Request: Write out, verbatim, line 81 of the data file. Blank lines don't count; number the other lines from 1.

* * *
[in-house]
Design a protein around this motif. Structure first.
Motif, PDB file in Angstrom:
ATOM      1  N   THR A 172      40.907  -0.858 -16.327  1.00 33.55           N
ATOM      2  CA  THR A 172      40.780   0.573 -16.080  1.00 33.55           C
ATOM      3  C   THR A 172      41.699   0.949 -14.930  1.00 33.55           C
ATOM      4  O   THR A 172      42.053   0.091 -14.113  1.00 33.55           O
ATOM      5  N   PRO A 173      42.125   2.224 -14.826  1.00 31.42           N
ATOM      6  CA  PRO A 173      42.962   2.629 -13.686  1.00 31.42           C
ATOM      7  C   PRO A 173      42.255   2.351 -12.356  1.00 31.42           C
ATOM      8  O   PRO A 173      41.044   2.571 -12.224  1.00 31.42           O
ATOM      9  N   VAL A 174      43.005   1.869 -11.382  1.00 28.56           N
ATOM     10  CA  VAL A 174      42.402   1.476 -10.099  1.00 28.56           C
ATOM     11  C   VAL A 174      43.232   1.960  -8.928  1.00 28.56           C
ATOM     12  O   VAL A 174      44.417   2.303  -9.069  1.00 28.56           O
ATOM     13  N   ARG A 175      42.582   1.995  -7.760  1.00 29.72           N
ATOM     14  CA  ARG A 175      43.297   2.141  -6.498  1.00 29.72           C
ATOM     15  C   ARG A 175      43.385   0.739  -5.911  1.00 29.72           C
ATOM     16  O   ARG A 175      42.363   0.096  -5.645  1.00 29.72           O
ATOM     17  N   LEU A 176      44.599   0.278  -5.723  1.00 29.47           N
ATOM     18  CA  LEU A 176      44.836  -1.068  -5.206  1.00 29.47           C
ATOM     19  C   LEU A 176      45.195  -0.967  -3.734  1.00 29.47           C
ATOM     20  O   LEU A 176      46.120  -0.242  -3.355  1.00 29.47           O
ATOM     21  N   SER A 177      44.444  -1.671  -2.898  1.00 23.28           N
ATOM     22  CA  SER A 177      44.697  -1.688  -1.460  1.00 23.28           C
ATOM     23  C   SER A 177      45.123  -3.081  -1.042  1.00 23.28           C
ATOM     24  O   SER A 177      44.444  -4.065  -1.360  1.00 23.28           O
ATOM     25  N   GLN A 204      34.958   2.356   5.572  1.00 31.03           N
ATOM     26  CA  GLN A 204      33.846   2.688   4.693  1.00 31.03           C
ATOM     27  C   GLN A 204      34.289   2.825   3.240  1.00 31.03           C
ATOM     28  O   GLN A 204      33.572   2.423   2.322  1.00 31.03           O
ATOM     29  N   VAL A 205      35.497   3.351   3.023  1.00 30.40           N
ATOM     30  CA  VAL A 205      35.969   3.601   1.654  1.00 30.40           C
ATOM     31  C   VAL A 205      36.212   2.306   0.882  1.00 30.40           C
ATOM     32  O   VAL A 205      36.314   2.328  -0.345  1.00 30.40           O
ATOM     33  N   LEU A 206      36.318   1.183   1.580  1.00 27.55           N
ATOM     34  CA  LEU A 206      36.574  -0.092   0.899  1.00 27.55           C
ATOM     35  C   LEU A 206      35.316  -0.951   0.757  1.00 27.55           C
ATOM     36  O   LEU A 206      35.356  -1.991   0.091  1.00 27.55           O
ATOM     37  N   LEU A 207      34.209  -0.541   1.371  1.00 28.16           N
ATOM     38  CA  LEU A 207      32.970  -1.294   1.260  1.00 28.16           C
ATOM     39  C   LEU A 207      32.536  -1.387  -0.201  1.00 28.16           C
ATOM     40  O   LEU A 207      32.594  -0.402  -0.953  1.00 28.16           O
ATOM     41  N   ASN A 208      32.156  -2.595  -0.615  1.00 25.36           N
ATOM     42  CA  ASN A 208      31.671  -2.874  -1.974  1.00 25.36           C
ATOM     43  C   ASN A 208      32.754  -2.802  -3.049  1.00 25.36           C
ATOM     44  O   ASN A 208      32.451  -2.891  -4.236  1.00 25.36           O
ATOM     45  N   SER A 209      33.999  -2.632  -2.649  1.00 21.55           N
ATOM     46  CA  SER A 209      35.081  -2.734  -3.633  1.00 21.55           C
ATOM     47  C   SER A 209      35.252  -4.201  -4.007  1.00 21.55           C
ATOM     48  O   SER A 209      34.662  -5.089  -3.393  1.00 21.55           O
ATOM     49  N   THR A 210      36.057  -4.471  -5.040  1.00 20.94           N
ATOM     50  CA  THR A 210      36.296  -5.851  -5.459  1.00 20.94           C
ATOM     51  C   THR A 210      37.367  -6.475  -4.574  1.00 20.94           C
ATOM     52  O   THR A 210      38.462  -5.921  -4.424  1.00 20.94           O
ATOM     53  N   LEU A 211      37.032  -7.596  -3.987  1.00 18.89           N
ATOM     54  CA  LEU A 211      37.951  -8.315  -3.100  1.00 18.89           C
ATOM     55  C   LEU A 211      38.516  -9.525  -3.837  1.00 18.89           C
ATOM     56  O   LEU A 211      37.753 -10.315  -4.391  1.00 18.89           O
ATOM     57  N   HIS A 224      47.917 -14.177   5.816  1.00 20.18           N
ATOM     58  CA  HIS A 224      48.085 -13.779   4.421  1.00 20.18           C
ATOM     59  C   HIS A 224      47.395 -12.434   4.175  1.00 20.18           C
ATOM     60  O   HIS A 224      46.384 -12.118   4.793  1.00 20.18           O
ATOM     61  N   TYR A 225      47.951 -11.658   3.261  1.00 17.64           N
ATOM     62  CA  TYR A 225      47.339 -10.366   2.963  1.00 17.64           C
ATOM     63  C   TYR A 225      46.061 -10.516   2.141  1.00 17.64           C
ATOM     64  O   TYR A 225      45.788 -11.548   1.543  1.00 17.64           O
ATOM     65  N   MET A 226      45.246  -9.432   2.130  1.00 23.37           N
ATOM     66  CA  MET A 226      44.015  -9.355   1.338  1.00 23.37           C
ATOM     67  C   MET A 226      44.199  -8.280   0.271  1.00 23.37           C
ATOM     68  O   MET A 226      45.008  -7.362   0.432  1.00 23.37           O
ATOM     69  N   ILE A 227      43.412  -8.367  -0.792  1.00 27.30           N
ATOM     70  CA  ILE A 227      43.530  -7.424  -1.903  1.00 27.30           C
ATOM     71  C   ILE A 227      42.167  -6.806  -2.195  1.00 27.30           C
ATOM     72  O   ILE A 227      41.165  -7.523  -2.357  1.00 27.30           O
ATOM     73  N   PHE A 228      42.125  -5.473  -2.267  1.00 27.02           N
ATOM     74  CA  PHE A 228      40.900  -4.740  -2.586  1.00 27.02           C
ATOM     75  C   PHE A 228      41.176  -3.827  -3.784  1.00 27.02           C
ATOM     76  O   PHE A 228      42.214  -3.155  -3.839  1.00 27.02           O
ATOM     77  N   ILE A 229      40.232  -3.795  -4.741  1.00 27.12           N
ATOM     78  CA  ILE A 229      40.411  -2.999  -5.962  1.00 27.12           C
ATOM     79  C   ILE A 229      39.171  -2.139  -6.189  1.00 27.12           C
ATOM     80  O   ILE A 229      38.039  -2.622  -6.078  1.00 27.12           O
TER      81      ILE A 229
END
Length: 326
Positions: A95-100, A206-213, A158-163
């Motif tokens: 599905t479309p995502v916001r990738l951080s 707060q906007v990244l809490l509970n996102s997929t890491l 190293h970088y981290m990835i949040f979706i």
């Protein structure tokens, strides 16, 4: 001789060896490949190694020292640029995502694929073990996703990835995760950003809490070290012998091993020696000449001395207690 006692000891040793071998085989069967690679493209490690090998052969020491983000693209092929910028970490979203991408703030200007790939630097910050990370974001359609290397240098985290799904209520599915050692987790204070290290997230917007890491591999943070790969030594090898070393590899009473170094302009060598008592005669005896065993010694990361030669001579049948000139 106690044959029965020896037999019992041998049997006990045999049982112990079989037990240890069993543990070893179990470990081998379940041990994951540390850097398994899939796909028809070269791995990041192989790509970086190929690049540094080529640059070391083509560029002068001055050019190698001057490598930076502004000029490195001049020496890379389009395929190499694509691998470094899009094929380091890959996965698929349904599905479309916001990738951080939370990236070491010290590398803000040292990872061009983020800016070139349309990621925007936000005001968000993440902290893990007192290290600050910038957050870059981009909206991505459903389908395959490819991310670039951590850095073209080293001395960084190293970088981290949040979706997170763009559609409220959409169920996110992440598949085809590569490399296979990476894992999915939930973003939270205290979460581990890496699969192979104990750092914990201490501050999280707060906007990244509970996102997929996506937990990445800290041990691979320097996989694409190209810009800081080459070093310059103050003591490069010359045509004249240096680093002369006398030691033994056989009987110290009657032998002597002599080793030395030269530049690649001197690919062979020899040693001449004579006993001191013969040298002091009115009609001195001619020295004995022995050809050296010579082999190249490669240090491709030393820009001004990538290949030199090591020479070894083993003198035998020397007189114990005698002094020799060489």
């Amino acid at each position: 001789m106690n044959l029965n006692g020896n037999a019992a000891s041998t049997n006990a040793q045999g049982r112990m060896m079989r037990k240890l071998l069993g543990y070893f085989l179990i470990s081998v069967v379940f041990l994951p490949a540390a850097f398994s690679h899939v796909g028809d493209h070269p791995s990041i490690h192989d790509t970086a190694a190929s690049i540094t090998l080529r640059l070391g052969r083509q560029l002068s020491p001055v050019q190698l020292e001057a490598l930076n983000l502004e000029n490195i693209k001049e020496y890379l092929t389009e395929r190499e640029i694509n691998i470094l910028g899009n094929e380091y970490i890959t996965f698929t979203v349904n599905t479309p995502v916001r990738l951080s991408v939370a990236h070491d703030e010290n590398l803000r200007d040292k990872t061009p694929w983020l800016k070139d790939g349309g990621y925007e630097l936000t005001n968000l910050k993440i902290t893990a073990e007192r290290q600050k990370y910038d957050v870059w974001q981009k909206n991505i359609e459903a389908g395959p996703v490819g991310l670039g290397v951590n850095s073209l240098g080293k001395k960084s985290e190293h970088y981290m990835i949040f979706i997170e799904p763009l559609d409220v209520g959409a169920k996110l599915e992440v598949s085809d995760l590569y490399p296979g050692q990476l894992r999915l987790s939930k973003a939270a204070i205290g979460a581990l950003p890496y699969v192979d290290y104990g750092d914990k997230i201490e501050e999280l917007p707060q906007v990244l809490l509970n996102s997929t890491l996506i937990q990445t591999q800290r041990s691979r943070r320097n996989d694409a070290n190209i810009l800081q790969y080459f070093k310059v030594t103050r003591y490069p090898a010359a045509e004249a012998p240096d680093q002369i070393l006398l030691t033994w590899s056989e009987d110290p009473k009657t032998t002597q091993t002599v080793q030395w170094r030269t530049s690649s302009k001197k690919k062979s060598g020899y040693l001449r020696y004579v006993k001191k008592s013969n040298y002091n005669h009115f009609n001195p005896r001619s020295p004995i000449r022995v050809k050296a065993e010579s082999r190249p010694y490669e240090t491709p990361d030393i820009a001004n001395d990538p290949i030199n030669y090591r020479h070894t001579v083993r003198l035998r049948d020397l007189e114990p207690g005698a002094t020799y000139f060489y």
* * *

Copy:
ATOM     78  CA  ILE A 229      40.411  -2.999  -5.962  1.00 27.12           C